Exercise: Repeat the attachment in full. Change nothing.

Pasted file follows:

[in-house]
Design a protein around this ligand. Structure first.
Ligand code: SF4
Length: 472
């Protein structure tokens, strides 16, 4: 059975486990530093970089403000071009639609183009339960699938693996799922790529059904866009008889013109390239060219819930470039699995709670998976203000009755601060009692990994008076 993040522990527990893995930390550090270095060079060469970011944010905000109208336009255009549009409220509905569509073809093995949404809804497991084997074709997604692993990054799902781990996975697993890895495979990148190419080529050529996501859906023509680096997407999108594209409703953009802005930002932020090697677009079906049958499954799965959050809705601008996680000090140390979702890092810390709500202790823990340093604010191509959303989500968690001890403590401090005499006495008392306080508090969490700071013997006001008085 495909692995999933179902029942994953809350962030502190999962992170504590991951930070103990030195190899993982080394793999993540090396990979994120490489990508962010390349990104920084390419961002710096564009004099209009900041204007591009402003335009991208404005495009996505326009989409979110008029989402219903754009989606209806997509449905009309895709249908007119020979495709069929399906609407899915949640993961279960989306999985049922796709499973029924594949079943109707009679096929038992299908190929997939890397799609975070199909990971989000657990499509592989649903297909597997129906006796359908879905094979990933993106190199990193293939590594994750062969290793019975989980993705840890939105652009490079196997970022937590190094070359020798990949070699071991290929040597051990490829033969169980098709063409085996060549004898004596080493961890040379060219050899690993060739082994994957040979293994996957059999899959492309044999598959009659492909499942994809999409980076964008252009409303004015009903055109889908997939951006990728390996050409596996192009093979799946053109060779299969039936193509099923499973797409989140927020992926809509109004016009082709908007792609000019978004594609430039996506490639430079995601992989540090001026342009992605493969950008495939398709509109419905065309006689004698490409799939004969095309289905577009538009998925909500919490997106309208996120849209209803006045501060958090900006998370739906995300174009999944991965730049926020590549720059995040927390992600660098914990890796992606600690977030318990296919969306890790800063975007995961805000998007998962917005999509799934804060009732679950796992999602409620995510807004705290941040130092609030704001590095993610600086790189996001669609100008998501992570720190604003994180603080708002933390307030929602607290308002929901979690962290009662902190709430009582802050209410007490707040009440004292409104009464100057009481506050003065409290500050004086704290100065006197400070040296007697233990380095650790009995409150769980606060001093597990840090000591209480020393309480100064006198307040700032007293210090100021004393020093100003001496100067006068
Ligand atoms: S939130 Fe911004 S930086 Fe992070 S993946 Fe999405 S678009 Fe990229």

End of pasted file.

[in-house]
Design a protein around this ligand. Structure first.
Ligand code: SF4
Length: 472
């Protein structure tokens, strides 16, 4: 059975486990530093970089403000071009639609183009339960699938693996799922790529059904866009008889013109390239060219819930470039699995709670998976203000009755601060009692990994008076 993040522990527990893995930390550090270095060079060469970011944010905000109208336009255009549009409220509905569509073809093995949404809804497991084997074709997604692993990054799902781990996975697993890895495979990148190419080529050529996501859906023509680096997407999108594209409703953009802005930002932020090697677009079906049958499954799965959050809705601008996680000090140390979702890092810390709500202790823990340093604010191509959303989500968690001890403590401090005499006495008392306080508090969490700071013997006001008085 495909692995999933179902029942994953809350962030502190999962992170504590991951930070103990030195190899993982080394793999993540090396990979994120490489990508962010390349990104920084390419961002710096564009004099209009900041204007591009402003335009991208404005495009996505326009989409979110008029989402219903754009989606209806997509449905009309895709249908007119020979495709069929399906609407899915949640993961279960989306999985049922796709499973029924594949079943109707009679096929038992299908190929997939890397799609975070199909990971989000657990499509592989649903297909597997129906006796359908879905094979990933993106190199990193293939590594994750062969290793019975989980993705840890939105652009490079196997970022937590190094070359020798990949070699071991290929040597051990490829033969169980098709063409085996060549004898004596080493961890040379060219050899690993060739082994994957040979293994996957059999899959492309044999598959009659492909499942994809999409980076964008252009409303004015009903055109889908997939951006990728390996050409596996192009093979799946053109060779299969039936193509099923499973797409989140927020992926809509109004016009082709908007792609000019978004594609430039996506490639430079995601992989540090001026342009992605493969950008495939398709509109419905065309006689004698490409799939004969095309289905577009538009998925909500919490997106309208996120849209209803006045501060958090900006998370739906995300174009999944991965730049926020590549720059995040927390992600660098914990890796992606600690977030318990296919969306890790800063975007995961805000998007998962917005999509799934804060009732679950796992999602409620995510807004705290941040130092609030704001590095993610600086790189996001669609100008998501992570720190604003994180603080708002933390307030929602607290308002929901979690962290009662902190709430009582802050209410007490707040009440004292409104009464100057009481506050003065409290500050004086704290100065006197400070040296007697233990380095650790009995409150769980606060001093597990840090000591209480020393309480100064006198307040700032007293210090100021004393020093100003001496100067006068
Ligand atoms: S939130 Fe911004 S930086 Fe992070 S993946 Fe999405 S678009 Fe990229």